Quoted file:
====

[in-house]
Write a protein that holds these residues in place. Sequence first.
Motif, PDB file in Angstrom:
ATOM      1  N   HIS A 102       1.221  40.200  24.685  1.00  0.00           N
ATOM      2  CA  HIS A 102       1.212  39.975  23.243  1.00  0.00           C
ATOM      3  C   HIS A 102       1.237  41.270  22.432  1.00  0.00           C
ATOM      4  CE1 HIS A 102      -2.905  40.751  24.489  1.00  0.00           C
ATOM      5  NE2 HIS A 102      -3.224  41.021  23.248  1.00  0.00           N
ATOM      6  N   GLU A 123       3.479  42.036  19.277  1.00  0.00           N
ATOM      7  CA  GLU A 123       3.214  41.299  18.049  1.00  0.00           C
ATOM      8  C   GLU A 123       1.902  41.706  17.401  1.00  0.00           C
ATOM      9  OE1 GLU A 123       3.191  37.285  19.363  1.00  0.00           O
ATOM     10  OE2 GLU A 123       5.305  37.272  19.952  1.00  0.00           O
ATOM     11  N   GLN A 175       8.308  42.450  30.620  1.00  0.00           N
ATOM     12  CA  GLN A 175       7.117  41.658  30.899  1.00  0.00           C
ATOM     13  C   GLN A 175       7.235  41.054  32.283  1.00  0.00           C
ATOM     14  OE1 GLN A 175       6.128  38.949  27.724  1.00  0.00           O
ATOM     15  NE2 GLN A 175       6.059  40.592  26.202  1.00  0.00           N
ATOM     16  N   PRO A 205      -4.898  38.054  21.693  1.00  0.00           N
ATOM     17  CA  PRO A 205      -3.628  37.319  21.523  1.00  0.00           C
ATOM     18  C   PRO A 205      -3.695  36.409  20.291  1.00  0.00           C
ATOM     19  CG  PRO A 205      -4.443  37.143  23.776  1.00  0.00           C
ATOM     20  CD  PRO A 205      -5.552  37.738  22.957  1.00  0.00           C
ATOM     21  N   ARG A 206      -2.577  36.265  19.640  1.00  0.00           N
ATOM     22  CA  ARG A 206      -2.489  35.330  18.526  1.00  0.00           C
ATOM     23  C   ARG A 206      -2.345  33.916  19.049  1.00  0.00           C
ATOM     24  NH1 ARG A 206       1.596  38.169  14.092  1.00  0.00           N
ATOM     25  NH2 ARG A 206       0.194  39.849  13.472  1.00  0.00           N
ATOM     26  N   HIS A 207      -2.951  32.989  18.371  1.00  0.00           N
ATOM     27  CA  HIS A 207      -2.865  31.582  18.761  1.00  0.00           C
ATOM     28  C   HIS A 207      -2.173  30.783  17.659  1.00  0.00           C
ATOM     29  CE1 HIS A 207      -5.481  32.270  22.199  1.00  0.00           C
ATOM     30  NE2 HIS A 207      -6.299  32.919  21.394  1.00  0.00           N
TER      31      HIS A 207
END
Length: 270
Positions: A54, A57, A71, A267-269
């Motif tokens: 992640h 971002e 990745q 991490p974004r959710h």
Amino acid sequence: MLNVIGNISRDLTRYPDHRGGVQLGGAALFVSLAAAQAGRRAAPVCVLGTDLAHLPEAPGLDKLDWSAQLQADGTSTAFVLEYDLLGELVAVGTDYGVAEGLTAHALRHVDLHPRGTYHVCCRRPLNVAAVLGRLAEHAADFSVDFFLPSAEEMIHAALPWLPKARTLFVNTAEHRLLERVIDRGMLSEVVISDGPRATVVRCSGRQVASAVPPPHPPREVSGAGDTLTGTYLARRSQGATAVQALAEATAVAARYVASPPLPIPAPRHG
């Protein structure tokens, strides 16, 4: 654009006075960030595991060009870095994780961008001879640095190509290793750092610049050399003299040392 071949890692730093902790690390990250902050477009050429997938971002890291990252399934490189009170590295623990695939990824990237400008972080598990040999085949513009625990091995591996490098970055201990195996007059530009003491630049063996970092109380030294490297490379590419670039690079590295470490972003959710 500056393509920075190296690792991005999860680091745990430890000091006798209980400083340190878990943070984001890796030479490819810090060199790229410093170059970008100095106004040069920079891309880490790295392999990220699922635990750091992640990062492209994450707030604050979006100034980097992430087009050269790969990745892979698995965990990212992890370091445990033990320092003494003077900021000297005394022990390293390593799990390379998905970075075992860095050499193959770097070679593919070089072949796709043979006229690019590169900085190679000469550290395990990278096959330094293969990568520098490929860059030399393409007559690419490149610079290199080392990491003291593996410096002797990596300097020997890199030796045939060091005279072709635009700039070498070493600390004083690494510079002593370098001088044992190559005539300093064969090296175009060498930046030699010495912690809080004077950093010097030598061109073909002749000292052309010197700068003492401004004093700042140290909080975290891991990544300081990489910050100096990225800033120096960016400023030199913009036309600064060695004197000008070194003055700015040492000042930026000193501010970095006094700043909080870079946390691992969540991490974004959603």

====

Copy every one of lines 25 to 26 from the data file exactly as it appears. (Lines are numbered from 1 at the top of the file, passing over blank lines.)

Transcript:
ATOM     22  CA  ARG A 206      -2.489  35.330  18.526  1.00  0.00           C
ATOM     23  C   ARG A 206      -2.345  33.916  19.049  1.00  0.00           C